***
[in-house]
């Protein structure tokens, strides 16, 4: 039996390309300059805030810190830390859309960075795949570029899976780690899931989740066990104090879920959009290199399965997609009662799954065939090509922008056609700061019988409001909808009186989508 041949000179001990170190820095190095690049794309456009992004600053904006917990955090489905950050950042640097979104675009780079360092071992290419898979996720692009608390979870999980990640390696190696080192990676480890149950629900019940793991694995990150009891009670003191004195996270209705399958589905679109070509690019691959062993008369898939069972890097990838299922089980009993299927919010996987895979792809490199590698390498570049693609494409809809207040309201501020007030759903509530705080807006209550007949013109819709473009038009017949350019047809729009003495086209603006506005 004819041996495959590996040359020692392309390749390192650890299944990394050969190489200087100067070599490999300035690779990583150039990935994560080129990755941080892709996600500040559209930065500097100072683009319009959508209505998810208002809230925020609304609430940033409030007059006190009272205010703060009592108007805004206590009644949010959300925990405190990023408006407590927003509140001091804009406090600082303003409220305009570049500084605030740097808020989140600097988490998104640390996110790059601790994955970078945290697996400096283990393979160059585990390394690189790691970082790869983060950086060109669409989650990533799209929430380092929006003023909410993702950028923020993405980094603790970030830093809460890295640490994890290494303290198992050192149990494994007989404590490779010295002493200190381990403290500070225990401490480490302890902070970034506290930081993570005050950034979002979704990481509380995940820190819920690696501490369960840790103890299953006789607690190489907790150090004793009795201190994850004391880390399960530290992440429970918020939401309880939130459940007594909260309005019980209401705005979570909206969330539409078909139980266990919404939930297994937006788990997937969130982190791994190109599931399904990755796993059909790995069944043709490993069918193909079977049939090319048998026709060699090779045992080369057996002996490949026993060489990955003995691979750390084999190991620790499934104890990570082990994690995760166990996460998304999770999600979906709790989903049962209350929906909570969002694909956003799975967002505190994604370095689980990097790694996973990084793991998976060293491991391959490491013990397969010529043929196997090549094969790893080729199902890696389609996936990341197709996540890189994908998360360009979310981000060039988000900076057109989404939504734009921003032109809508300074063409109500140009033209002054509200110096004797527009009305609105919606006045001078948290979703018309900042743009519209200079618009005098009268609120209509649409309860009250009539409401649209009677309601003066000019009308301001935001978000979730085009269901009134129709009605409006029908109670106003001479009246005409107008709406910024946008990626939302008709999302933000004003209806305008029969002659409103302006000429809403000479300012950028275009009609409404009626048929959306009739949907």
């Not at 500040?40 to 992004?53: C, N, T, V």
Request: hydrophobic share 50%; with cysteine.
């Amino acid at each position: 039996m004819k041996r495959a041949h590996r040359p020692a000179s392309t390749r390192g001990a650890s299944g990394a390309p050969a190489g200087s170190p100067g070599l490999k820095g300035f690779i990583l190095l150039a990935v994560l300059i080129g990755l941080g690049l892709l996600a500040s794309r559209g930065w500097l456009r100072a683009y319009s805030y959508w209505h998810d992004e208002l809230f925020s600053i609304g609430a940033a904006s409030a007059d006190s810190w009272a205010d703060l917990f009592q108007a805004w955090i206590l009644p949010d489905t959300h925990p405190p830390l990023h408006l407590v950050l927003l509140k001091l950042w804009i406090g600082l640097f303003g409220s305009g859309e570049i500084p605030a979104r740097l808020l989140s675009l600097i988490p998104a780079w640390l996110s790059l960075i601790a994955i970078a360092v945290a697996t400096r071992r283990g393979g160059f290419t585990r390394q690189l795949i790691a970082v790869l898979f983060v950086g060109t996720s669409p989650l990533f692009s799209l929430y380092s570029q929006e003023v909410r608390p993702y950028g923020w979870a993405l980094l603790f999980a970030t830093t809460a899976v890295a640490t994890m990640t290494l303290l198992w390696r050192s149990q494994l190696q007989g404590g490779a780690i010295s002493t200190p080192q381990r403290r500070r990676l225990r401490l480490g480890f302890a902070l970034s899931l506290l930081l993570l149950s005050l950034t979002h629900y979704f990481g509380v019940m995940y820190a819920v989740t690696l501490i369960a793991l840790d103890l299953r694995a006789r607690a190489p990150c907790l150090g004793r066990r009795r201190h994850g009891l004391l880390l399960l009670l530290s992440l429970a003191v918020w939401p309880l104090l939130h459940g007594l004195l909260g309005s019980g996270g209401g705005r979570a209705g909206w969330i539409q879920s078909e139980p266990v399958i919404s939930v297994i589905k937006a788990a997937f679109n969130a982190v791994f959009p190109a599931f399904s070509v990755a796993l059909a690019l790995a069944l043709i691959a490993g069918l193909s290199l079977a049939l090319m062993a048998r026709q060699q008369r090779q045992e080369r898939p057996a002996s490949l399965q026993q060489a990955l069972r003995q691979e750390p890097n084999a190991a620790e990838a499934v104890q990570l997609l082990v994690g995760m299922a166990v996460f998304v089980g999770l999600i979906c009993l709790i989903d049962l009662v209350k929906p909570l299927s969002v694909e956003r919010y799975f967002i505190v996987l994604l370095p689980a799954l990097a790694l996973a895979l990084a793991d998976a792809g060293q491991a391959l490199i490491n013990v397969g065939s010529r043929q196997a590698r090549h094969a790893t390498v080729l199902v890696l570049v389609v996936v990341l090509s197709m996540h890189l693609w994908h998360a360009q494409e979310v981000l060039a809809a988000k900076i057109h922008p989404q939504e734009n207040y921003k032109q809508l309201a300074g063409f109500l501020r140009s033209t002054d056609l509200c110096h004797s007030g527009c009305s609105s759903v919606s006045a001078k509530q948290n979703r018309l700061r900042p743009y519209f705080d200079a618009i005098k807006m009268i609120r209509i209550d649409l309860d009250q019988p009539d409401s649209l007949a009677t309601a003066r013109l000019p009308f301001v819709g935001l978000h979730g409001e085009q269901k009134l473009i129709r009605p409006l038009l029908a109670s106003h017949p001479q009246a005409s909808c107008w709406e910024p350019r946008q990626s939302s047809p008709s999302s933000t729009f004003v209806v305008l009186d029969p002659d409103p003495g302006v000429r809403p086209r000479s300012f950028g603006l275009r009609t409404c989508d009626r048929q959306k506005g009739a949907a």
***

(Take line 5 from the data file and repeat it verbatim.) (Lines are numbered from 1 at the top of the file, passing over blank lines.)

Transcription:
């Amino acid at each position: 039996m004819k041996r495959a041949h590996r040359p020692a000179s392309t390749r390192g001990a650890s299944g990394a390309p050969a190489g200087s170190p100067g070599l490999k820095g300035f690779i990583l190095l150039a990935v994560l300059i080129g990755l941080g690049l892709l996600a500040s794309r559209g930065w500097l456009r100072a683009y319009s805030y959508w209505h998810d992004e208002l809230f925020s600053i609304g609430a940033a904006s409030a007059d006190s810190w009272a205010d703060l917990f009592q108007a805004w955090i206590l009644p949010d489905t959300h925990p405190p830390l990023h408006l407590v950050l927003l509140k001091l950042w804009i406090g600082l640097f303003g409220s305009g859309e570049i500084p605030a979104r740097l808020l989140s675009l600097i988490p998104a780079w640390l996110s790059l960075i601790a994955i970078a360092v945290a697996t400096r071992r283990g393979g160059f290419t585990r390394q690189l795949i790691a970082v790869l898979f983060v950086g060109t996720s669409p989650l990533f692009s799209l929430y380092s570029q929006e003023v909410r608390p993702y950028g923020w979870a993405l980094l603790f999980a970030t830093t809460a899976v890295a640490t994890m990640t290494l303290l198992w390696r050192s149990q494994l190696q007989g404590g490779a780690i010295s002493t200190p080192q381990r403290r500070r990676l225990r401490l480490g480890f302890a902070l970034s899931l506290l930081l993570l149950s005050l950034t979002h629900y979704f990481g509380v019940m995940y820190a819920v989740t690696l501490i369960a793991l840790d103890l299953r694995a006789r607690a190489p990150c907790l150090g004793r066990r009795r201190h994850g009891l004391l880390l399960l009670l530290s992440l429970a003191v918020w939401p309880l104090l939130h459940g007594l004195l909260g309005s019980g996270g209401g705005r979570a209705g909206w969330i539409q879920s078909e139980p266990v399958i919404s939930v297994i589905k937006a788990a997937f679109n969130a982190v791994f959009p190109a599931f399904s070509v990755a796993l059909a690019l790995a069944l043709i691959a490993g069918l193909s290199l079977a049939l090319m062993a048998r026709q060699q008369r090779q045992e080369r898939p057996a002996s490949l399965q026993q060489a990955l069972r003995q691979e750390p890097n084999a190991a620790e990838a499934v104890q990570l997609l082990v994690g995760m299922a166990v996460f998304v089980g999770l999600i979906c009993l709790i989903d049962l009662v209350k929906p909570l299927s969002v694909e956003r919010y799975f967002i505190v996987l994604l370095p689980a799954l990097a790694l996973a895979l990084a793991d998976a792809g060293q491991a391959l490199i490491n013990v397969g065939s010529r043929q196997a590698r090549h094969a790893t390498v080729l199902v890696l570049v389609v996936v990341l090509s197709m996540h890189l693609w994908h998360a360009q494409e979310v981000l060039a809809a988000k900076i057109h922008p989404q939504e734009n207040y921003k032109q809508l309201a300074g063409f109500l501020r140009s033209t002054d056609l509200c110096h004797s007030g527009c009305s609105s759903v919606s006045a001078k509530q948290n979703r018309l700061r900042p743009y519209f705080d200079a618009i005098k807006m009268i609120r209509i209550d649409l309860d009250q019988p009539d409401s649209l007949a009677t309601a003066r013109l000019p009308f301001v819709g935001l978000h979730g409001e085009q269901k009134l473009i129709r009605p409006l038009l029908a109670s106003h017949p001479q009246a005409s909808c107008w709406e910024p350019r946008q990626s939302s047809p008709s999302s933000t729009f004003v209806v305008l009186d029969p002659d409103p003495g302006v000429r809403p086209r000479s300012f950028g603006l275009r009609t409404c989508d009626r048929q959306k506005g009739a949907a």